This is a very interesting situation and shows clearly the rapid turnover of cash in our society. But when the Minister of Finance does not have the money to pay critical bills (such as the Civil Service or the Armed Services) he has been dipping into the RTGS accounts and borrowing money against an IOU which is then paid back to the accounts from ensuing tax receipts. The problem comes when he is unable to reimburse in a short period (say two weeks). When that happens businesses with ample cash in their accounts at the Bank are unable to make payments through their RTGS account to their suppliers.

Because of this, businesses are being told that although they have the balance in their accounts on paper, the money is not available to meet the transfer requested and they are proposing to schedule part payments over time. I have heard of businesses being told that “we cannot pay the $1,6 million you asked us to move – we can only do $200 000 a week for the next 8 weeks”.

This is having a major impact on our reputation as a trading nation – foreign suppliers are withholding deliveries unless the situation clarifies. Just this morning I heard of maize buyers from Zimbabwe buying maize in Zambia with cash US dollars. Soon we might well see tankers collecting cash from service stations for fuel deliveries, something that has not happened since we dollarized in 2009.

The G40 faction in Zanu PF is threatening the business community with the introduction of a new local currency printed at the Reserve Bank. If this happens they calculate that they will be able to accumulate all US dollar balances in all Banks at the Reserve Bank (about $5 billion) and replace these with bearer bonds to the same value. They are also threatening to enforce the policy of indigenisation and force all business to hand over 51% of their equity and control to local persons classified as being “indigenous”. These massive transfers (in the mining industry alone the figure is estimated at $7 billion) would then be financed over time by a massive 10 per cent “levy” on the gross turnover of all companies.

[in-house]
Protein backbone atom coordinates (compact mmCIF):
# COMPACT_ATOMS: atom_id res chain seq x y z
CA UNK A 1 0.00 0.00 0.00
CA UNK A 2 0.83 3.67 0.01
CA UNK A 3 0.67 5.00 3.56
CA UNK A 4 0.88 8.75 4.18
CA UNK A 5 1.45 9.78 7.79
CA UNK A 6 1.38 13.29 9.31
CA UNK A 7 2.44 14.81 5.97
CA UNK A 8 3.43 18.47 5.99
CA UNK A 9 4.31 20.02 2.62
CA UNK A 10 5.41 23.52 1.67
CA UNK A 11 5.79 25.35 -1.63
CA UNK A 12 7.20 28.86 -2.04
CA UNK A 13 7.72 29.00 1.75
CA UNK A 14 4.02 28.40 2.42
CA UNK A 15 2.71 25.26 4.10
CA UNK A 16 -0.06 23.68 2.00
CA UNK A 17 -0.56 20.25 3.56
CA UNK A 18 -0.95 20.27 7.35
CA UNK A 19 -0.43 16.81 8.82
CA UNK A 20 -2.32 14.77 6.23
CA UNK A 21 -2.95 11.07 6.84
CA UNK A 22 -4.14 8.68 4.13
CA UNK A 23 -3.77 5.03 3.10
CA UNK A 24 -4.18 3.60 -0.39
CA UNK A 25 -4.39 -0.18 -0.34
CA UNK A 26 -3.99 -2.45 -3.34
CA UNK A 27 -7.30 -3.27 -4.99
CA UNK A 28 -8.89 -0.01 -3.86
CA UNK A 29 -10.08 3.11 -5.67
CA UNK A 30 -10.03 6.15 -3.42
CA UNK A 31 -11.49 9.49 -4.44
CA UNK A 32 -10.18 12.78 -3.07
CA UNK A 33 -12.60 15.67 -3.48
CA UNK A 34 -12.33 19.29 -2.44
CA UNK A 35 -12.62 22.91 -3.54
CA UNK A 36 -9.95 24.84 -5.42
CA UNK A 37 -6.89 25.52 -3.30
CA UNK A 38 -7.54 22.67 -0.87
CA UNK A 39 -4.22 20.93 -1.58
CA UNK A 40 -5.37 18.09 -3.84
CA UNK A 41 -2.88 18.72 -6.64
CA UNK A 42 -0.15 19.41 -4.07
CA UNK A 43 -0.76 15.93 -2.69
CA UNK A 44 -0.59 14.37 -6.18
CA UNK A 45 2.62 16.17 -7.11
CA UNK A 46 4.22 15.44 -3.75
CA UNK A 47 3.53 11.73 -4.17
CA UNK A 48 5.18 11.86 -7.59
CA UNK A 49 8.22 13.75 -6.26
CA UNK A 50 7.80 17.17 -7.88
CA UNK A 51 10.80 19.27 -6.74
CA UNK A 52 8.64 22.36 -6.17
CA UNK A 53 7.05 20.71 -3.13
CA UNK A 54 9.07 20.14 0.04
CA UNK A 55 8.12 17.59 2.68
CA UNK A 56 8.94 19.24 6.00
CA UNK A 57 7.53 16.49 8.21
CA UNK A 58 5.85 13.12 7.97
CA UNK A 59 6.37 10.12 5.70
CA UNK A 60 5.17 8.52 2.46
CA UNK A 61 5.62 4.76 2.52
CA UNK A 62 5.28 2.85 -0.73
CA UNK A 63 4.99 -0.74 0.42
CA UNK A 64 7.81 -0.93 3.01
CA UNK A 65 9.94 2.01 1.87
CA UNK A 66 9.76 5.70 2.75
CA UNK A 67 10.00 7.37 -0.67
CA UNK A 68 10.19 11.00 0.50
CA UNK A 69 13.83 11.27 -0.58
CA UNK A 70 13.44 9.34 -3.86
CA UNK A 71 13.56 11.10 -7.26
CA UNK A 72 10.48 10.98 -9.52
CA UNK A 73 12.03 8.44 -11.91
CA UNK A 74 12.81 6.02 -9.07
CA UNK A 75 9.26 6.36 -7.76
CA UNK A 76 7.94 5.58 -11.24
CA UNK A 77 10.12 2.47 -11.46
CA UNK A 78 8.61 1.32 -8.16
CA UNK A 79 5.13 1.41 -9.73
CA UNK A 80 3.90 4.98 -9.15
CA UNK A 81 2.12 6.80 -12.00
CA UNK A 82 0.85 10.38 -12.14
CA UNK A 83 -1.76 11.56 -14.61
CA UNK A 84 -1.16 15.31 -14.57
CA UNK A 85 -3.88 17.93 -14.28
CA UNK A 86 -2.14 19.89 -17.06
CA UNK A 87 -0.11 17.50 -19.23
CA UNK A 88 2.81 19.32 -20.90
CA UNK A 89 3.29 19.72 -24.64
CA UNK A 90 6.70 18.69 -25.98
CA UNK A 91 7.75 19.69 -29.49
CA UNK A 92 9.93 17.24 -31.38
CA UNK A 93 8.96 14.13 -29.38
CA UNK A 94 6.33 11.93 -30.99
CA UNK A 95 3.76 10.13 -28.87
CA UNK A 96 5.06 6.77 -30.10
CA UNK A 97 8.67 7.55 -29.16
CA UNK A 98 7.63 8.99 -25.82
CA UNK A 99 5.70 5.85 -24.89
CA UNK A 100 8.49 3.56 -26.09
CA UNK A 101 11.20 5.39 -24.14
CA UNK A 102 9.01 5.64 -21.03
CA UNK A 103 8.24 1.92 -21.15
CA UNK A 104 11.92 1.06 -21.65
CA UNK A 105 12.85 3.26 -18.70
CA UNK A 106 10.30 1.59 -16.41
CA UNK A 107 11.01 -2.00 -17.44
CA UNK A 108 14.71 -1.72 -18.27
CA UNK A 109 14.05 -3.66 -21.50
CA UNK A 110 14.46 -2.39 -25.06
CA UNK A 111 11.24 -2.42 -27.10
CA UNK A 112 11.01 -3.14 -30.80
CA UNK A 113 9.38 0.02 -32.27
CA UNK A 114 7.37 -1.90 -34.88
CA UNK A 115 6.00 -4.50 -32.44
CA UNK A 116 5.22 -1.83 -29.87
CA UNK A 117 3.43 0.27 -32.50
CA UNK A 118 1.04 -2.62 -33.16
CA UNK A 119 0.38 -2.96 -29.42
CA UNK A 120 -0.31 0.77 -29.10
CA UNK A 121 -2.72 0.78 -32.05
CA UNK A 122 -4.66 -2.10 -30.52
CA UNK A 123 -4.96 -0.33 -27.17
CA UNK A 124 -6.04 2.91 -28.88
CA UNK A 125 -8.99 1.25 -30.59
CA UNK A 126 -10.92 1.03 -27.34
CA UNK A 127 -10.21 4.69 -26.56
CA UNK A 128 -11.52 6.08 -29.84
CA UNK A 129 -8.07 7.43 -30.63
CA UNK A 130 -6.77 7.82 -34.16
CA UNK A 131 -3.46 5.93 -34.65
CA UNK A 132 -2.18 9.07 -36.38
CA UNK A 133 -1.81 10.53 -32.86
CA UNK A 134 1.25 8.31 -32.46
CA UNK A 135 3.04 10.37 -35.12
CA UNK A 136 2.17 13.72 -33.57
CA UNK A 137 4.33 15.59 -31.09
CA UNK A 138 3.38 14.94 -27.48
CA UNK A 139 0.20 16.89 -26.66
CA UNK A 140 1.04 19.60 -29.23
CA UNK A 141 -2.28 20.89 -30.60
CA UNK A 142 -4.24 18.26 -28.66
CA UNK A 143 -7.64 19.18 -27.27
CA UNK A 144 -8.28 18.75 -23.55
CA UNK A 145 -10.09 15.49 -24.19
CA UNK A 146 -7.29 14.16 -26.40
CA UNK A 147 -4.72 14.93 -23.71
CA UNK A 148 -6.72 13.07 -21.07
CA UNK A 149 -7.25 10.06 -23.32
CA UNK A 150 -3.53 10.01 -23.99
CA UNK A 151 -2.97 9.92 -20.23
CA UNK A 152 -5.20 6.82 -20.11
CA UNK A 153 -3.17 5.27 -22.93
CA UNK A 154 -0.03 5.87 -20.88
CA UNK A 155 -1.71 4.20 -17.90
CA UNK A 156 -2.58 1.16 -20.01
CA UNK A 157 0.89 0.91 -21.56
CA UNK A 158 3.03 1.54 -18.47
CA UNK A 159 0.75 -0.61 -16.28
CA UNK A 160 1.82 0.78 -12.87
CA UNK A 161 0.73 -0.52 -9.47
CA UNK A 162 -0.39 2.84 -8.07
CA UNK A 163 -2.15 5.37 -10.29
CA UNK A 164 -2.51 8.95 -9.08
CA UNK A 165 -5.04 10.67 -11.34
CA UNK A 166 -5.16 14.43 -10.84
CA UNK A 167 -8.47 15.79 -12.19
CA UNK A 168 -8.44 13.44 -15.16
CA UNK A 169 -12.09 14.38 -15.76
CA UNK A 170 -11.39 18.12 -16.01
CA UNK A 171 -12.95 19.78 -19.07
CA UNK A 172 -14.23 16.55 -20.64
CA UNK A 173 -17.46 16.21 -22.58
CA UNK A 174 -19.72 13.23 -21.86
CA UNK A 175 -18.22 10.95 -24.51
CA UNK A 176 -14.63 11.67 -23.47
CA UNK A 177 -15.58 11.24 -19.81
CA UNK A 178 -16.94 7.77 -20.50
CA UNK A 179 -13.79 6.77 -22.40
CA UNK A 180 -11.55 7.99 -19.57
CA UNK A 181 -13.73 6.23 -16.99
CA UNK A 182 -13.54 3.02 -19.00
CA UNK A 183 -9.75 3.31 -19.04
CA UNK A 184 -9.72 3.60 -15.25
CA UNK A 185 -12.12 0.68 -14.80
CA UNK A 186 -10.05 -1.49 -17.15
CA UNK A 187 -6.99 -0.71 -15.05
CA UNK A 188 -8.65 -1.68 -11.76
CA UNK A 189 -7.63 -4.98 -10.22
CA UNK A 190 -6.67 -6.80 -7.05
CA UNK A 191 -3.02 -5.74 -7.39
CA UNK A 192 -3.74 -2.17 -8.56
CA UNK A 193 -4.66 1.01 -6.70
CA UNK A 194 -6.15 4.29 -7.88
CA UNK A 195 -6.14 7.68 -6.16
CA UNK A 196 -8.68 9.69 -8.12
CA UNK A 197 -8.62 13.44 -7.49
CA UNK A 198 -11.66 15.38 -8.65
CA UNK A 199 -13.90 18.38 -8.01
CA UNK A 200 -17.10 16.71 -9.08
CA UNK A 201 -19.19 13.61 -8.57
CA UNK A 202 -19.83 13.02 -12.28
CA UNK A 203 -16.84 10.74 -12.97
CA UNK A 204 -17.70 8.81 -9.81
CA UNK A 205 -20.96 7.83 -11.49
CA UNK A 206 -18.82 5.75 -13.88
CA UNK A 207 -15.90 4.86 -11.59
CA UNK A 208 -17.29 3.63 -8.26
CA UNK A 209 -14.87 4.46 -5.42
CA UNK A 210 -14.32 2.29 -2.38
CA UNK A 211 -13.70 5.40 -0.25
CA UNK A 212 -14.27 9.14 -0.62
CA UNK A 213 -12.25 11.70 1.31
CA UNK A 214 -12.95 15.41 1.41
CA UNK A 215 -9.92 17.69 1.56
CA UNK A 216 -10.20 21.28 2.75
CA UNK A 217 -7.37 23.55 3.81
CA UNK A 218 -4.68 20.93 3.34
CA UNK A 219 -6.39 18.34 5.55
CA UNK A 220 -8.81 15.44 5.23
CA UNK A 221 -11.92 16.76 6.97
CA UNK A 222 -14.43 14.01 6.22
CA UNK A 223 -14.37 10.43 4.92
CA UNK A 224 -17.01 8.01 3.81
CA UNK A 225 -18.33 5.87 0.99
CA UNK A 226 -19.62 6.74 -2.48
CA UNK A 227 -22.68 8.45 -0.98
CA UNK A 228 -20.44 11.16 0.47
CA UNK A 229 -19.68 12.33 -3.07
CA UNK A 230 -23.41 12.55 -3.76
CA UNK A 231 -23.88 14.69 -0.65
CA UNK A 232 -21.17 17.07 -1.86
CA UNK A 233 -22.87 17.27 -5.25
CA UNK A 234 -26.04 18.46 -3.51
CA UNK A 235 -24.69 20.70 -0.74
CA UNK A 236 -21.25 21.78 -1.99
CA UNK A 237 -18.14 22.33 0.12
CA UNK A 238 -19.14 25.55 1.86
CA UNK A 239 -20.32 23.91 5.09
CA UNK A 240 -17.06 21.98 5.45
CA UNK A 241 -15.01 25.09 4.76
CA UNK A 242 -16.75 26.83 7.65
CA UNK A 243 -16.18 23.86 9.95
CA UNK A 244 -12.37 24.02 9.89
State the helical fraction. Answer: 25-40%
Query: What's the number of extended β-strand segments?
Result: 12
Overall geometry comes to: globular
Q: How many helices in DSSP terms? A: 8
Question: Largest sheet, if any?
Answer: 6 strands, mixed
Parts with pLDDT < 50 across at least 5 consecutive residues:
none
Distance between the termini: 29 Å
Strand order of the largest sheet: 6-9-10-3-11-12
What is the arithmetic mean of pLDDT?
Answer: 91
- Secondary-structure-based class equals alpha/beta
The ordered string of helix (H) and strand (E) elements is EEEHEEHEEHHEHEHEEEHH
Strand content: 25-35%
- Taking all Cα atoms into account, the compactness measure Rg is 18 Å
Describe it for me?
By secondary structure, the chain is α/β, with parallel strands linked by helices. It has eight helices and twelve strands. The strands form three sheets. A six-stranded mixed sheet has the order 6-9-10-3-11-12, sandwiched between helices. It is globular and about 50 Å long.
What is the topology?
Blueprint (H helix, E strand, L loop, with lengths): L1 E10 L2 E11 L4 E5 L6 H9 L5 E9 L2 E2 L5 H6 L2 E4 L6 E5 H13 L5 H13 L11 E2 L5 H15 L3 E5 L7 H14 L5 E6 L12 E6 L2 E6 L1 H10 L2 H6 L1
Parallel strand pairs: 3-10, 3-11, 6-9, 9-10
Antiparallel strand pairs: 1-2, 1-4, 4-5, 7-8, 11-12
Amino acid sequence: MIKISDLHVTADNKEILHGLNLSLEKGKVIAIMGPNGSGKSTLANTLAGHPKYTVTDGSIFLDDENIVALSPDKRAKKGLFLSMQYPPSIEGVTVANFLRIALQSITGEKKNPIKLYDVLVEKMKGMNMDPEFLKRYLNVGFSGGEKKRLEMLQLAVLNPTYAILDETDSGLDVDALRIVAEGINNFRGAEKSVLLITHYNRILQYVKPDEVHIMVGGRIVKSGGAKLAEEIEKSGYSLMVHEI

If either of these threats came even close to being enforced by the regime in power, I would not expect the regime to survive more than 14 days. The economic and political collapse would be absolute. In the mean time, just the threat of these extreme measures is enough to freeze maintenance of assets and all new investment in all business concerns. This is contributing to the continued slide in domestic economic output.

In turn, this decline in the economy is leading to lower tax receipts and creating even more difficulties for the Government and the Ministry of Finance in particular. They are completely desperate and are seeking all means possible to secure foreign lines of credit or new loans to bolster domestic liquidity. Given the resumption of limited sanctions on the regime by both the United States and Europe in the past month, foreign financing is going to be very difficult to raise. The appeal by the Vice President, Mnangagwa, last week to the international community for $1,5 billion in emergency assistance to alleviate the effects of the drought were met with mirth and ridicule.

So where are we – all of us? We are in a tight corner with many difficult decisions to make. Do we stay, do we run, do we fight; do we retreat? No one is spared from this process. Only one thing is for sure – staying where we are is no longer tenable.

Eddie Cross
Harare, 20th February 2016